Mine does not. I use full lock in reverse every day to get out of my garage at home. The transfer case should not be an issue. The CV joint failure is a known and documented issue. If you check them and find them to be in good condition then we can talk about other reasons but as of right now, that's where I am pointing the finger. The CV joints are what allow your wheels to turn at any given angle. If they are bad, they will bind. The TC rarely if ever goes bad. If it's not your CV joints then I would look to the front diff before you point at the TC.

Just to add a little more info regarding the TC:
Quote:

Originally Posted by Mark M (Post 12761807)
Ok....here are the simple observations from the test of the NV124 case on my workbench.

- Spinning input shaft by hand.....both output shafts rotate
- Spinning input shaft by hand and holding rear output shaft stationary.....front output shaft rotates.
- Spinning input shaft by hand and holding front output shaft stationary.....rear output shaft rotates.

Caveat....these tests were done with spinning by hand, which does not simulate rear world forces transmitted into the driveline.

Thus, my conclusion, you can NEVER make an XI into a rear wheel drive by simply disconnecting front driveshaft. It will just send all the power to the front output shaft and spin endlessly without putting power to the rear.

This shows you that the TC is not a "locked" center differential, it is actually open. If you have CV joints that last 100k you are either the luckiet person in the world or someone didn't tell you they replaced them.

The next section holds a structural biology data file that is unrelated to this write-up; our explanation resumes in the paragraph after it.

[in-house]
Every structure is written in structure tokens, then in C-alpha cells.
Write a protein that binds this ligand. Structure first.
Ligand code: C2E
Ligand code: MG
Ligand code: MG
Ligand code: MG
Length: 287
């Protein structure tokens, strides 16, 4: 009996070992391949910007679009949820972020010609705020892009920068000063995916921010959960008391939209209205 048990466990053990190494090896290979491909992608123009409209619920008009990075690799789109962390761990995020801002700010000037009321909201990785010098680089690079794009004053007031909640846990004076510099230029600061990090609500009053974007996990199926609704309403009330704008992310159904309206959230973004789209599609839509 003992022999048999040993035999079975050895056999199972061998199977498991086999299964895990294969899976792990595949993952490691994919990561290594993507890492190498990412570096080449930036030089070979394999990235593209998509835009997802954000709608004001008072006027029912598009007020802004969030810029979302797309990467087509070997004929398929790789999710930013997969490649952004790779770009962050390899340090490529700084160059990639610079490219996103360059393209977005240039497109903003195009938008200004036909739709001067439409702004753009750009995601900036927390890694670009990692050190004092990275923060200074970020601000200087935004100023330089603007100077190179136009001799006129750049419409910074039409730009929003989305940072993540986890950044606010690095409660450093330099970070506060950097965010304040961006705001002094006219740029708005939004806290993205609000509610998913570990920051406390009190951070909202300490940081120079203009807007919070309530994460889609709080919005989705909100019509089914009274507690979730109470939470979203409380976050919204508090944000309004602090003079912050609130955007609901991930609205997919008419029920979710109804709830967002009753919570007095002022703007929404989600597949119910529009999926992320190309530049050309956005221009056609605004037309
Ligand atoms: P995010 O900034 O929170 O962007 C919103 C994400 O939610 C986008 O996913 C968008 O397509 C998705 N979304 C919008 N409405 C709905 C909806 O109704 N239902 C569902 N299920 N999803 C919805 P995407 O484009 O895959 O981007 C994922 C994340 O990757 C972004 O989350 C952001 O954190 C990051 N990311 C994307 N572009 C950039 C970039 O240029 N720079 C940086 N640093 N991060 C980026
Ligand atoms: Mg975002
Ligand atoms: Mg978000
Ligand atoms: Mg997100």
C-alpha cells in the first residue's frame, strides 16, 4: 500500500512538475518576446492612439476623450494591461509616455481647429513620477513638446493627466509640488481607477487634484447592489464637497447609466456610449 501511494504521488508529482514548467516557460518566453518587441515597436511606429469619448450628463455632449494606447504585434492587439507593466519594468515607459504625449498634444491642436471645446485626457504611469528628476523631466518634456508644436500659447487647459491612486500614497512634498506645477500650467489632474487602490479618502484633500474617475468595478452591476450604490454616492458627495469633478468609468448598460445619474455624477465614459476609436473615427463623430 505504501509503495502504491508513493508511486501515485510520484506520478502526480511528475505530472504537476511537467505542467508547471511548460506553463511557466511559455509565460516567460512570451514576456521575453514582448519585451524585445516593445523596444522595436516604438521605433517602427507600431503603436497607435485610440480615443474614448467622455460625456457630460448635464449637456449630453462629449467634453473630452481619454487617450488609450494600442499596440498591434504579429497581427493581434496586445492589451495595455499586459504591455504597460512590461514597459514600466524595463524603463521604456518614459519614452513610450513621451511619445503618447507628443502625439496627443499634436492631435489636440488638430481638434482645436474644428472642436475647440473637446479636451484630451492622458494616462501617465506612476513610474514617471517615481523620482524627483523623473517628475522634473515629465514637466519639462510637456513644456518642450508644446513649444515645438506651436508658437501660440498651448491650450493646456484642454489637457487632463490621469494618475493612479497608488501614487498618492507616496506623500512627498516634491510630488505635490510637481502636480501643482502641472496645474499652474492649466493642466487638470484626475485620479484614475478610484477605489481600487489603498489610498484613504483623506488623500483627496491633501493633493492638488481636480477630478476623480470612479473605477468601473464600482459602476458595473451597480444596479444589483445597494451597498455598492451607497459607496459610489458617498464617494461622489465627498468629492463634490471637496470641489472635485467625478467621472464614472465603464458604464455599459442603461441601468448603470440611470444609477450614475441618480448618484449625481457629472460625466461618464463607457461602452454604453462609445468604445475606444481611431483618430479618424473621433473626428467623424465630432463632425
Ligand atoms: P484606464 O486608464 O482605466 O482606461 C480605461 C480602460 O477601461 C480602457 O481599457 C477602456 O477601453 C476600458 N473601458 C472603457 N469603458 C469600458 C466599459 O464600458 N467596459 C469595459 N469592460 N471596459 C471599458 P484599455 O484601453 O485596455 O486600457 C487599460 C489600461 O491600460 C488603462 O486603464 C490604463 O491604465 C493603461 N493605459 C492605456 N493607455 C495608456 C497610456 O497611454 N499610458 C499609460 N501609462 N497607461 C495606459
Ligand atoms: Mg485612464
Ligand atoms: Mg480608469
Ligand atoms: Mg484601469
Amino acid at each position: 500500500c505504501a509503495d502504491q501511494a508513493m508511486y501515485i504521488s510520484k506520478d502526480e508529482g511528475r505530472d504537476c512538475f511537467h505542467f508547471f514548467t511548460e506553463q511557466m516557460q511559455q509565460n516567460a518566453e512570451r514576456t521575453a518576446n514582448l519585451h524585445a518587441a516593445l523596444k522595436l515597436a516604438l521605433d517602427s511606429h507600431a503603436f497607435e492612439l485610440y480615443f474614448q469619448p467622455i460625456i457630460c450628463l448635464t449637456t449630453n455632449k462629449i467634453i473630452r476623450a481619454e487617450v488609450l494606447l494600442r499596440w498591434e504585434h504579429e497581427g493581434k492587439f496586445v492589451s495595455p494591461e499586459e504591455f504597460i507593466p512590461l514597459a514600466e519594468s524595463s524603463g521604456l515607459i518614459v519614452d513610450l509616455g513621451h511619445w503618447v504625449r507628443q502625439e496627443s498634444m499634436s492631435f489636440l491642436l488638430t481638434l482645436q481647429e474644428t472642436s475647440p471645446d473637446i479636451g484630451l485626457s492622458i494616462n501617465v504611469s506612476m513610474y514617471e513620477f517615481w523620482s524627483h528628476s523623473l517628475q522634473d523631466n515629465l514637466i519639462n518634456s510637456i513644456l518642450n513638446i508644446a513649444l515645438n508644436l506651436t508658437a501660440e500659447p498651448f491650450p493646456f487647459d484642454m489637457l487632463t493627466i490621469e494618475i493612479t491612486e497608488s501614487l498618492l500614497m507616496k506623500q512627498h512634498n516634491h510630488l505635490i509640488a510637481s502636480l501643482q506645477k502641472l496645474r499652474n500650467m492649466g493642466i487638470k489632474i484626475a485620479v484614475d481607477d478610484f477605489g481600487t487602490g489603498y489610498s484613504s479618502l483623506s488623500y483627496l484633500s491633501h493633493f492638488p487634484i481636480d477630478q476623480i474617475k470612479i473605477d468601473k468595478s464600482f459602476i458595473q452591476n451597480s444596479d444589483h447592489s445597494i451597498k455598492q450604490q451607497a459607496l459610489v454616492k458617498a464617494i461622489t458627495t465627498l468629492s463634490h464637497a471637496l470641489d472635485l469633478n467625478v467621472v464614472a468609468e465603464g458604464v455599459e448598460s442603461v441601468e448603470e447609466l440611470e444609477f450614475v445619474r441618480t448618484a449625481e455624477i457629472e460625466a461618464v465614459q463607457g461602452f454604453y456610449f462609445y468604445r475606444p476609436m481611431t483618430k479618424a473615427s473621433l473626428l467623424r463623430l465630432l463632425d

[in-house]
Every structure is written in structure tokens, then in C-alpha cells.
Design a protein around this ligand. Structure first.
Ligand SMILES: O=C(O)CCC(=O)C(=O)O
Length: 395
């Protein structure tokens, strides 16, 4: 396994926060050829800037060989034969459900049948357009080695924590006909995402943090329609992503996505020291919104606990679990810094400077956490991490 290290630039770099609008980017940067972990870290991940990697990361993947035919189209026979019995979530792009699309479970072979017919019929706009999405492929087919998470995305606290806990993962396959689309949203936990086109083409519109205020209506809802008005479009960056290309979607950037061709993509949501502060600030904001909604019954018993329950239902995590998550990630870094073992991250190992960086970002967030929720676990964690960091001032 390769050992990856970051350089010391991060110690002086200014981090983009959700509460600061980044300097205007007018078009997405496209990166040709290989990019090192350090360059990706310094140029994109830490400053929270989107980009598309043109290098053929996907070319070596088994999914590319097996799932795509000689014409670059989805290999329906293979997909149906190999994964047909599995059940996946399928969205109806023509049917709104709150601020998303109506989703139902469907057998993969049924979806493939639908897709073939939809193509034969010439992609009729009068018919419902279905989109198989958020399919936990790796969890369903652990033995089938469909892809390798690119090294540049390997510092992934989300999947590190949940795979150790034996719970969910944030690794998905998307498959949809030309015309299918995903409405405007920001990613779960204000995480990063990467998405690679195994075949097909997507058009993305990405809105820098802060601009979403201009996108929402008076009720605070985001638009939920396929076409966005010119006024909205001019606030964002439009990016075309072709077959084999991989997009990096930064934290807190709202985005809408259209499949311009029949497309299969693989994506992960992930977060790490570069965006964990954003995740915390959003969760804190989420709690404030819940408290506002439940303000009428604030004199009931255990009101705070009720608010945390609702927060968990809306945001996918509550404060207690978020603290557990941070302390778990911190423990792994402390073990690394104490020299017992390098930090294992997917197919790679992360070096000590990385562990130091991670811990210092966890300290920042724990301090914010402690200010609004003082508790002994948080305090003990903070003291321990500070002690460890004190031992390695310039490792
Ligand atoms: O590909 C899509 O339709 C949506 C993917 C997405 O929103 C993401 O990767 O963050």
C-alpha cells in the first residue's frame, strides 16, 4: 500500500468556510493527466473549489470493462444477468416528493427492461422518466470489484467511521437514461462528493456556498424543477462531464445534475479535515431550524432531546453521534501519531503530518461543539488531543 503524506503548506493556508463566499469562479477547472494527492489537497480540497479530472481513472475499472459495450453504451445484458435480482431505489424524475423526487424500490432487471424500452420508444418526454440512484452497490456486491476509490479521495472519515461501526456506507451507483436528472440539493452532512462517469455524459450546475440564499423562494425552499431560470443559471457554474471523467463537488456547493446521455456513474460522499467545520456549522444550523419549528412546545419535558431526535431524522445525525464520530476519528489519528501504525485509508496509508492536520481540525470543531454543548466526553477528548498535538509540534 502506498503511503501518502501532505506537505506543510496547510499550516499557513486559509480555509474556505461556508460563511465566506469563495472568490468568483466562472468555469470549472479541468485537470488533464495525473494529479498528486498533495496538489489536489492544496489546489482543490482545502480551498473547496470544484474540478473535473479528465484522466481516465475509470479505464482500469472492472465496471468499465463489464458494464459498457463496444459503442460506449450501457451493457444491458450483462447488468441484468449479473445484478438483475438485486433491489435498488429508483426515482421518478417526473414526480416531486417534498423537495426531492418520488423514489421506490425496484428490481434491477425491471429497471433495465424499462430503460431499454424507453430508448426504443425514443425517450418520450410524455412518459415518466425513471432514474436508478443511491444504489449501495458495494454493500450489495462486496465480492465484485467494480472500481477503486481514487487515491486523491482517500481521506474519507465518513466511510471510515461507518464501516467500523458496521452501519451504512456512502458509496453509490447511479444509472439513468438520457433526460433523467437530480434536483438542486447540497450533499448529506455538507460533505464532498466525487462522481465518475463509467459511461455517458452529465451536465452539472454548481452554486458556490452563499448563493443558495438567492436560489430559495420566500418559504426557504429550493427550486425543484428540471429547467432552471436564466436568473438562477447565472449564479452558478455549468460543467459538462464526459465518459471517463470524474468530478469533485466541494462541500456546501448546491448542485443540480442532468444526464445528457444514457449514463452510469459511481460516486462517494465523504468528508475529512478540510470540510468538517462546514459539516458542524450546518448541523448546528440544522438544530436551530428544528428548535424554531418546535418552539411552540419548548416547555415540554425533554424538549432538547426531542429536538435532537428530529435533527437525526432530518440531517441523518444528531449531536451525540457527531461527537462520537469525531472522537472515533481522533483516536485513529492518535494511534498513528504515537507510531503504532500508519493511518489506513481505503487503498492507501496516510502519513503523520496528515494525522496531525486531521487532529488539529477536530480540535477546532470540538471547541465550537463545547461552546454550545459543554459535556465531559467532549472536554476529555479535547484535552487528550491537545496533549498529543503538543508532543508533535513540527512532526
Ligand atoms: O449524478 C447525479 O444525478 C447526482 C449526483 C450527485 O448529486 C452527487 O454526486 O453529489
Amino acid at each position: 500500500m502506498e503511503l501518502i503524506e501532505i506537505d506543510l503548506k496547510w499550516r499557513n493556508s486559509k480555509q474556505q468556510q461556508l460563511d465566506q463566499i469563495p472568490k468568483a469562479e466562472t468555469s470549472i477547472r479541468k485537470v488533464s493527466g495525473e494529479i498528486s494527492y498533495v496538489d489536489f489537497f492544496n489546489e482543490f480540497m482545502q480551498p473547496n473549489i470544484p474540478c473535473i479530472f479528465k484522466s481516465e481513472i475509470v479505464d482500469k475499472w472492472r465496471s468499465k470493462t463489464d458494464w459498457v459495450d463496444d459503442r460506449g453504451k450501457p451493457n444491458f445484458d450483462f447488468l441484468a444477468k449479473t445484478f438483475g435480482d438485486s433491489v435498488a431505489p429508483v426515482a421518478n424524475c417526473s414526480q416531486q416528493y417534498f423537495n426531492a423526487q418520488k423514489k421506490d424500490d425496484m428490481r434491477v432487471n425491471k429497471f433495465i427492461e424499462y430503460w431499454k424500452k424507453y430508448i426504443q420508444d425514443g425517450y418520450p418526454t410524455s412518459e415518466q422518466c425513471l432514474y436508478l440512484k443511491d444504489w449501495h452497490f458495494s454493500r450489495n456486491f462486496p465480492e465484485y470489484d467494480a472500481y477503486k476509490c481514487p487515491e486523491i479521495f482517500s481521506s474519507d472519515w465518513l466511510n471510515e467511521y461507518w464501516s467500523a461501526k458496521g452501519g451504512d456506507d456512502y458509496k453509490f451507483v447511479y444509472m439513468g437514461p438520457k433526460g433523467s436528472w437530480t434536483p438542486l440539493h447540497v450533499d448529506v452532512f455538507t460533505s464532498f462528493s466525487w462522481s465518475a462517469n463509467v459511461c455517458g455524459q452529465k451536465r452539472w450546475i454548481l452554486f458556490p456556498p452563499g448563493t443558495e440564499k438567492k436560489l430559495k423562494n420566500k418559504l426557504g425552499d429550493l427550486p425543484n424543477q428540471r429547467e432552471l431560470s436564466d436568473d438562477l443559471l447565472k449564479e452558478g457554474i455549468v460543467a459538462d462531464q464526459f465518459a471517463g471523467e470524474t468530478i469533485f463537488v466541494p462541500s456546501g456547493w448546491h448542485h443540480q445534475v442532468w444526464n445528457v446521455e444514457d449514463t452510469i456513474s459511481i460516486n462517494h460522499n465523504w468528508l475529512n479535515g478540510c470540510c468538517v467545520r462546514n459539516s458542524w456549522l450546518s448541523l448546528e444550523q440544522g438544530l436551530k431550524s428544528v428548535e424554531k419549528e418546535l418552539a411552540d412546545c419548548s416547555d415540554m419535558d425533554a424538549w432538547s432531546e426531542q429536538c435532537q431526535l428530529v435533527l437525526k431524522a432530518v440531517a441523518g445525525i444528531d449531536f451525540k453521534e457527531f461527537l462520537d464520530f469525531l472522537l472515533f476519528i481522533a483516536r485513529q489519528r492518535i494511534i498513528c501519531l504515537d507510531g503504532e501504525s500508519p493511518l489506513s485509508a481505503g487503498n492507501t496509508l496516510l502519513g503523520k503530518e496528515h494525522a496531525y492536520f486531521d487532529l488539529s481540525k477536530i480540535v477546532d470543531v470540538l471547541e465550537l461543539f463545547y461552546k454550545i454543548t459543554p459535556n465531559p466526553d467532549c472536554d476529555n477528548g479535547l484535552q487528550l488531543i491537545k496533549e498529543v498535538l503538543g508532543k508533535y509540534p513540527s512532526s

Quattro and/or 4motion are different AWD systems and is comparing apples to oranges.

SamDoe1 02-02-2011 11:11 AM

Quote:

Originally Posted by feddomw (Post 12761517)
I don't like SamDoe's "solution" as it feels like a cop-out. I prefer a diagnosis before I fix things or have them fixed. My CV joints are fine BTW.

It's not a cop out at all. It's a known and documented issue. How did you go about determining your CV joints are good?

Also, I replied with an answer to your other thread regarding your clunking issue.

feddomw 02-02-2011 11:27 AM

Quote:

Originally Posted by SamDoe1 (Post 12762016)
If it's not your CV joints then I would look to the front diff before you point at the TC.


Quattro and/or 4motion are different AWD systems and is comparing apples to oranges.

We're running this issue in two threads here. Can we merge them???

BAck OT: Agreed that Quattro is different, just saying that I had some binding with those as well, and I think the Xi is somewhat more "rough/primitive" in terms of tech. Gut feeling, I can't substantiate this claim in any way.

My CV boot was torn, they checked it, it was fine, they put a new boot on and packed it with grease. "They" could be wrong, but that kind of thinking where I second guess everyone has gotten me into trouble before.

feddomw 02-02-2011 11:32 AM

Quote:

Originally Posted by SamDoe1 (Post 12762031)
It's not a cop out at all. It's a known and documented issue. How did you go about determining your CV joints are good?

Also, I replied with an answer to your other thread regarding your clunking issue.

See my post above. No offense meant, it's just that I want a diagnosis before I have things fixed.

Gearbox clunking in other thread: :dunno:
Had an e36 325 with 230K km before, original gearbox, silky smooth gear changes. Also had en e46 manual before, same thing, smooth. Gearbox also "sticks" in front of 5th gear when in neutral, also documented issue, also annoying. Makes finding 3rd gear interesting for sure...

SamDoe1 02-02-2011 12:14 PM

Quote:

Originally Posted by feddomw (Post 12762062)